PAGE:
Leaving the Amex Stadium with a point in the end proves to be valuable. Arsenal were not at the races whatsoever against Brighton and considering the level of performance, not losing the game has to be seen as a positive.
Three points were the desired, of course. It’s always the aim, especially against a side missing key players, but in the end if you don’t deserve to win just make sure you don’t lose.
In such instances in the Premier League where chances and efforts at goal are few and far between, you have to make them count. The only thing that was being counted against Brighton was how many metres high Thomas Partey’s shots went.
It’s incredible, really, that a player of undoubted Champions League quality can be so absolutely hopeless at striking a ball. Goodness gracious, someone has to put and arm around Partey and beg him to stop shooting. He’s dreadful at it.
We need to talk about Thomas Partey’s shooting in an Arsenal shirt as the Ghanaian is hopeless at striking the ball
The free-kick in the first half stands out. Close your eyes to see who was taking it and you’d have been forgiven for thinking it was a David Luiz special. A good 30 or more yards away from goal, a player who rarely hits the target let alone has scored for the club should not be going for the target.
There was one very presentable chance at the end of the first half where he tried to curl one into the near post with his instep, ending up a good five yards wide. You want the player in that position to be shooting from there, just ideally not Partey. Preferably, not Partey. Please, not Partey.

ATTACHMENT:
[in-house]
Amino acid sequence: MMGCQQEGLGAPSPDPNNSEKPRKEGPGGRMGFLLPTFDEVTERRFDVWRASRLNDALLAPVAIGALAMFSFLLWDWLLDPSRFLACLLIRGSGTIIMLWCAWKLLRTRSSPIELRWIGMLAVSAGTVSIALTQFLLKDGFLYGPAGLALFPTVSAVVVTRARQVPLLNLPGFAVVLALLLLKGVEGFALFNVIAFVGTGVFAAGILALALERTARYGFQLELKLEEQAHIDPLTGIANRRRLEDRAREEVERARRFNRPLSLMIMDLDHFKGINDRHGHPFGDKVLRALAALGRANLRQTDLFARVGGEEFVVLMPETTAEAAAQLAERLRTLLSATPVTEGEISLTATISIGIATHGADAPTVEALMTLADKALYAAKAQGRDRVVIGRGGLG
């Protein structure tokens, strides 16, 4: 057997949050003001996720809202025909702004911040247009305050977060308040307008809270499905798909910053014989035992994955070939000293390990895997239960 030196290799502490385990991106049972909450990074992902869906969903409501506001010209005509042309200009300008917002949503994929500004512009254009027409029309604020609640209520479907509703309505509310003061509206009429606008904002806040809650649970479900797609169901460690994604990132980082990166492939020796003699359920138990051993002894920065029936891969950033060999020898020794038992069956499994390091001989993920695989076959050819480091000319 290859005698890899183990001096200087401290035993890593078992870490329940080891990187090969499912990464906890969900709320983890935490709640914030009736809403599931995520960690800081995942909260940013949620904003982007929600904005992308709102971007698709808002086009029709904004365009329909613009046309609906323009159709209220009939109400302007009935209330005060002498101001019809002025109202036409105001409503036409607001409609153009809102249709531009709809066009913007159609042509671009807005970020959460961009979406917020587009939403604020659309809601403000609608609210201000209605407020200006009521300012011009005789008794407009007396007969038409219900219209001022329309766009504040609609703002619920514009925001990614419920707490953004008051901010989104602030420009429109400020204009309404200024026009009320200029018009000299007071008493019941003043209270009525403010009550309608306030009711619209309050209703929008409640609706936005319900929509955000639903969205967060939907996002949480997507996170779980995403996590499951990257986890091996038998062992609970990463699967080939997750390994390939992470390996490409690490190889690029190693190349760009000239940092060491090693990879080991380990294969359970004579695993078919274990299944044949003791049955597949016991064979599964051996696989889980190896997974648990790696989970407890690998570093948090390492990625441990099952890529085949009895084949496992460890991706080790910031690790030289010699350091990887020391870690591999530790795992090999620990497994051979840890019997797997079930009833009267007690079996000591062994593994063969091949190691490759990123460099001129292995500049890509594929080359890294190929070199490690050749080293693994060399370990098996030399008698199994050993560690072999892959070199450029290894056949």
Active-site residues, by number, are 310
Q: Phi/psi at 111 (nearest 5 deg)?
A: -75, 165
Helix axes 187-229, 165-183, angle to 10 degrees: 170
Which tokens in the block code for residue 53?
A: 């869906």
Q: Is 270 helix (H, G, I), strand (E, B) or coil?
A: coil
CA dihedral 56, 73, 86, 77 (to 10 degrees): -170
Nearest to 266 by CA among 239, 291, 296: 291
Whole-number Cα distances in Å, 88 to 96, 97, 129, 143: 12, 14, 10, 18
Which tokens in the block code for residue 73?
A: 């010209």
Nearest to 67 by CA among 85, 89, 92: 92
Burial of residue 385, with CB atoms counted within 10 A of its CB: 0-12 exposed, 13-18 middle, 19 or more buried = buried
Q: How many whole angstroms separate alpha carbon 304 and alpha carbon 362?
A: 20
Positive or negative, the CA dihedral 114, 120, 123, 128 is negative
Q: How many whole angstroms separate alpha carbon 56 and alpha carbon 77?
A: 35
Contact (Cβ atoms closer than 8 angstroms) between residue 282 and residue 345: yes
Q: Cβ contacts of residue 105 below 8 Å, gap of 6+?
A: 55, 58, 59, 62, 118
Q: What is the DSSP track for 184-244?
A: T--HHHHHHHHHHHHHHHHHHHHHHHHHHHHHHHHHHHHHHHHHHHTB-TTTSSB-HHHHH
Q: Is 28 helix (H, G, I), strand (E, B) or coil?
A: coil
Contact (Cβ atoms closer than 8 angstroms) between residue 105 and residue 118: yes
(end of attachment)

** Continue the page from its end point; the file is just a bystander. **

After the break there was another languid swing which ended up as catching practice for the Arsenal fan in row Z, as yet another collective groan could be heard from every corner of north London. His xG per shot at Arsenal? 0.046. It’s just giving possession away.
It’s actually quite puzzling. Partey may not have had an especially functional evening in a tough ground, shooting aside, but he is hands down the best midfielder at the club and someone who should be playing at the highest level of European competition. The Ghanaian is a brilliant footballer.
So the disparity between his on-the-ball ability and kicking it at the goal rather than a teammate is fairly inexplicable. Whatever happens next in training must be Steve Round and Mohamed Elneny sitting him down for two hours every session and schooling him the art of shooting.
Perhaps that’s why Elneny has been kept on. Maybe the sole reason he’s here for the remainder of his contract is to fine-tune his teammate’s technique. Truthfully, it if works, it’ll be worth every penny of his salary.